He boldly asserts that Israel’s intelligence and security services have taken the discipline of human intelligence to a “level nearing perfection.” Undoubtedly every service chief takes pride in the capabilities of their people, but given some of the more notable recent failures of Israeli intelligence—including getting caught on a 27-minute video during the assassination of Mahmoud al-Mabhouh in Dubai—one wonders whether Mossad may be resting on its past successes when measuring current capabilities and performance.  

Israel and America

One of the most notable aspects of reading this, especially as an American, is the extent to which America does and does not feature in the Israeli calculus. To be sure, Mr. Shavit notes that America is a key anchor point and partner for Israeli’s long-term strategic stability, but it is but one element of a security posture. According to Mr. Shavit, David Ben-Gurion believes that the national security doctrine of Israel necessitated a strategic ally that is a superpower, regional alliances, military supremacy over its adversaries, strategic military capabilities, economic supremacy, scientific and technological supremacy, and national resilience.

Given the lengths to which American politicians extoll the importance of America in buttressing Israel’s survival and the need for constant U.S. largesse, one would perhaps expect more. Such expectations say much about how Israel plays in American politics, but less about how it plays in Israel’s security calculus.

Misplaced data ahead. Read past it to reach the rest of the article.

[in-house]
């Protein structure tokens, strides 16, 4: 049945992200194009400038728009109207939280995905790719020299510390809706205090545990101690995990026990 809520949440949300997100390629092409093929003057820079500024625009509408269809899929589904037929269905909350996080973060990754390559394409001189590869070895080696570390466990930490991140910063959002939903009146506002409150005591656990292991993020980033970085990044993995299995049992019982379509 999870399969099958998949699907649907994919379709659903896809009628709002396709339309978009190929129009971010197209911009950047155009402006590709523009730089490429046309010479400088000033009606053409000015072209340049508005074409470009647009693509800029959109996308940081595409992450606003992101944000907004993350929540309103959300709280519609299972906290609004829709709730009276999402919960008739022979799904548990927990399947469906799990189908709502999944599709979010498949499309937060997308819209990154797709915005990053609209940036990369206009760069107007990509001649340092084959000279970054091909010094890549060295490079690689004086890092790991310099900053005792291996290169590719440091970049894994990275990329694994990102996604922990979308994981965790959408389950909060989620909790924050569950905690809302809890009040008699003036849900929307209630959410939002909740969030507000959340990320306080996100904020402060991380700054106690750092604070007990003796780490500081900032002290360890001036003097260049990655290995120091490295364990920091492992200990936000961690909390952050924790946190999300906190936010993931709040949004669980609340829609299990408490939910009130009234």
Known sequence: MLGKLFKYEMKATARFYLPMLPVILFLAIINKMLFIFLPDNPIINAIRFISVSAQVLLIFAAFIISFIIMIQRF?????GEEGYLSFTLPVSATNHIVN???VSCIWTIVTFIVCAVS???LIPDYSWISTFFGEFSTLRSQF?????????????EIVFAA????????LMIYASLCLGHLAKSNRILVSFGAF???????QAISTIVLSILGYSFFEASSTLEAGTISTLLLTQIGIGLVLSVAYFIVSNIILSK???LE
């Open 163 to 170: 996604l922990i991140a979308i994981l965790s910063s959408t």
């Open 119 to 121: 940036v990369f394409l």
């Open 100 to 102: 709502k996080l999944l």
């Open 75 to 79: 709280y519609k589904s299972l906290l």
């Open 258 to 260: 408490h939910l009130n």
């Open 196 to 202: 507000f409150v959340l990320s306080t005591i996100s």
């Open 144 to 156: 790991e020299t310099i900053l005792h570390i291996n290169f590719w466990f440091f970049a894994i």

Mr. Shavit is also somewhat coy about the competition between the United States and Israel in the intelligence arena. He discusses cooperation, noting that America during his tenure was more apt to support Israel’s intelligence objectives against what it viewed as its security threats—so long as it was not also an ally of Washington. He relates one incident when American intelligence provided the key technical assistance at a strategic moment, but did not provide the capability to Israel outright, thus preserving its sources and methods.

Conversely, Mr. Shavit glazes over the Jonathan Pollard incident which took place just prior to his assumption of the top Mossad position. Mr. Pollard, an intelligence analyst with the U.S. Navy, pleaded guilty to spying for Israel in 1987 and received a life sentence. He was later released in 2015 on parole. Throughout the intervening years of Mr. Pollard’s detention, the Israeli government embarked on an aggressive campaign for clemency and release. Mr. Shavit brushes past the incident, noting that he was at Harvard at the time of the arrest and did not experience any blowback from his fellow students or professors.

If there is any truism in intelligence, it is sure that there are no such things as permanent allies, only permanent interests. The exception to this rule is the Five Eyes arrangement (the U.S., UK, Canada, Australia, and New Zealand), and one can assume that Mossad still carries on its intelligence efforts against the United States in one form or another. Indeed, in late 2019 it emerged that Israeli intelligence had placed “StingRay” surveillance devices around the White House.